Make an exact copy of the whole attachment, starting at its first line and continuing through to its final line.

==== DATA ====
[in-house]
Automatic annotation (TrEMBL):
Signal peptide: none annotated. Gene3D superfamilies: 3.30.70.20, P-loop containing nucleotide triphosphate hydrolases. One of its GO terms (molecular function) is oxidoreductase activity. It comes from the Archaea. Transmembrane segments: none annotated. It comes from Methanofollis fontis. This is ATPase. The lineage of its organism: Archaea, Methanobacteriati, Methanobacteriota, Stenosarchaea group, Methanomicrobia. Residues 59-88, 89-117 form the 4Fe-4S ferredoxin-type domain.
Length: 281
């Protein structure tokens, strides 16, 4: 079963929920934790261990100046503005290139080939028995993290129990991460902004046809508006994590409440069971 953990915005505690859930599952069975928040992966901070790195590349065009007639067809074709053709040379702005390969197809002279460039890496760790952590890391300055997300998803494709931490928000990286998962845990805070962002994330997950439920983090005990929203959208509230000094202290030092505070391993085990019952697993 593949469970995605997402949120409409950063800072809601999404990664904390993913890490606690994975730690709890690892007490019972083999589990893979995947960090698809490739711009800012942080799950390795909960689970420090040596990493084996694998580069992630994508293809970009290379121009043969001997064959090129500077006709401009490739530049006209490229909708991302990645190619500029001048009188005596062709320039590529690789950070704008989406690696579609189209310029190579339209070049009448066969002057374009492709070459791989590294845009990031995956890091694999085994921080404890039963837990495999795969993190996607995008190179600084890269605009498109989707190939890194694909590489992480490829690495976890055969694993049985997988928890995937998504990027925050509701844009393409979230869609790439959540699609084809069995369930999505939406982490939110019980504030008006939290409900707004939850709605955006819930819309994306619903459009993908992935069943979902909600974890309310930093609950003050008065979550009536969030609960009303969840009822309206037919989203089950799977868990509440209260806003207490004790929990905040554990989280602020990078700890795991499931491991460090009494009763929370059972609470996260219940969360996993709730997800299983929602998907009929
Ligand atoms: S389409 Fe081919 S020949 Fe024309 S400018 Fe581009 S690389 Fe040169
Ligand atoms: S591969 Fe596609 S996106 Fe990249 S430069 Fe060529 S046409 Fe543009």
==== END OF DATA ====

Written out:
[in-house]
Automatic annotation (TrEMBL):
Signal peptide: none annotated. Gene3D superfamilies: 3.30.70.20, P-loop containing nucleotide triphosphate hydrolases. One of its GO terms (molecular function) is oxidoreductase activity. It comes from the Archaea. Transmembrane segments: none annotated. It comes from Methanofollis fontis. This is ATPase. The lineage of its organism: Archaea, Methanobacteriati, Methanobacteriota, Stenosarchaea group, Methanomicrobia. Residues 59-88, 89-117 form the 4Fe-4S ferredoxin-type domain.
Length: 281
């Protein structure tokens, strides 16, 4: 079963929920934790261990100046503005290139080939028995993290129990991460902004046809508006994590409440069971 953990915005505690859930599952069975928040992966901070790195590349065009007639067809074709053709040379702005390969197809002279460039890496760790952590890391300055997300998803494709931490928000990286998962845990805070962002994330997950439920983090005990929203959208509230000094202290030092505070391993085990019952697993 593949469970995605997402949120409409950063800072809601999404990664904390993913890490606690994975730690709890690892007490019972083999589990893979995947960090698809490739711009800012942080799950390795909960689970420090040596990493084996694998580069992630994508293809970009290379121009043969001997064959090129500077006709401009490739530049006209490229909708991302990645190619500029001048009188005596062709320039590529690789950070704008989406690696579609189209310029190579339209070049009448066969002057374009492709070459791989590294845009990031995956890091694999085994921080404890039963837990495999795969993190996607995008190179600084890269605009498109989707190939890194694909590489992480490829690495976890055969694993049985997988928890995937998504990027925050509701844009393409979230869609790439959540699609084809069995369930999505939406982490939110019980504030008006939290409900707004939850709605955006819930819309994306619903459009993908992935069943979902909600974890309310930093609950003050008065979550009536969030609960009303969840009822309206037919989203089950799977868990509440209260806003207490004790929990905040554990989280602020990078700890795991499931491991460090009494009763929370059972609470996260219940969360996993709730997800299983929602998907009929
Ligand atoms: S389409 Fe081919 S020949 Fe024309 S400018 Fe581009 S690389 Fe040169
Ligand atoms: S591969 Fe596609 S996106 Fe990249 S430069 Fe060529 S046409 Fe543009």